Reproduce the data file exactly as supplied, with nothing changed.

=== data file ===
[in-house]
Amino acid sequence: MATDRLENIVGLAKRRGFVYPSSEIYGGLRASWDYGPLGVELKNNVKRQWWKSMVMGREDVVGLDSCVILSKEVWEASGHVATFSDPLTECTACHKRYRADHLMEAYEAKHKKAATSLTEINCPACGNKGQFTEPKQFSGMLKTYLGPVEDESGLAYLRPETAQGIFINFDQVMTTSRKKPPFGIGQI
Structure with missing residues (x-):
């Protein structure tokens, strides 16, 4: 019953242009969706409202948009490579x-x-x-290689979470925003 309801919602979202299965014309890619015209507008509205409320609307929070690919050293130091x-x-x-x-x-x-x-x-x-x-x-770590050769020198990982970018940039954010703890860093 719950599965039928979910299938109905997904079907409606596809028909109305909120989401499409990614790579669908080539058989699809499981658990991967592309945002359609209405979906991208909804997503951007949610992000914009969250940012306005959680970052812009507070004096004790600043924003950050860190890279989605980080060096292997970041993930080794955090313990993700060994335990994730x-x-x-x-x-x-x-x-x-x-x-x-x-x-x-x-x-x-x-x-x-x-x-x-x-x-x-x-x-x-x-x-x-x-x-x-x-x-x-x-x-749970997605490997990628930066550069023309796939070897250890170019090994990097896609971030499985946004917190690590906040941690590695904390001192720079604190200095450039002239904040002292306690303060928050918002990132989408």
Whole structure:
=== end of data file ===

[in-house]
Amino acid sequence: MATDRLENIVGLAKRRGFVYPSSEIYGGLRASWDYGPLGVELKNNVKRQWWKSMVMGREDVVGLDSCVILSKEVWEASGHVATFSDPLTECTACHKRYRADHLMEAYEAKHKKAATSLTEINCPACGNKGQFTEPKQFSGMLKTYLGPVEDESGLAYLRPETAQGIFINFDQVMTTSRKKPPFGIGQI
Structure with missing residues (x-):
């Protein structure tokens, strides 16, 4: 019953242009969706409202948009490579x-x-x-290689979470925003 309801919602979202299965014309890619015209507008509205409320609307929070690919050293130091x-x-x-x-x-x-x-x-x-x-x-770590050769020198990982970018940039954010703890860093 719950599965039928979910299938109905997904079907409606596809028909109305909120989401499409990614790579669908080539058989699809499981658990991967592309945002359609209405979906991208909804997503951007949610992000914009969250940012306005959680970052812009507070004096004790600043924003950050860190890279989605980080060096292997970041993930080794955090313990993700060994335990994730x-x-x-x-x-x-x-x-x-x-x-x-x-x-x-x-x-x-x-x-x-x-x-x-x-x-x-x-x-x-x-x-x-x-x-x-x-x-x-x-x-749970997605490997990628930066550069023309796939070897250890170019090994990097896609971030499985946004917190690590906040941690590695904390001192720079604190200095450039002239904040002292306690303060928050918002990132989408």
Whole structure: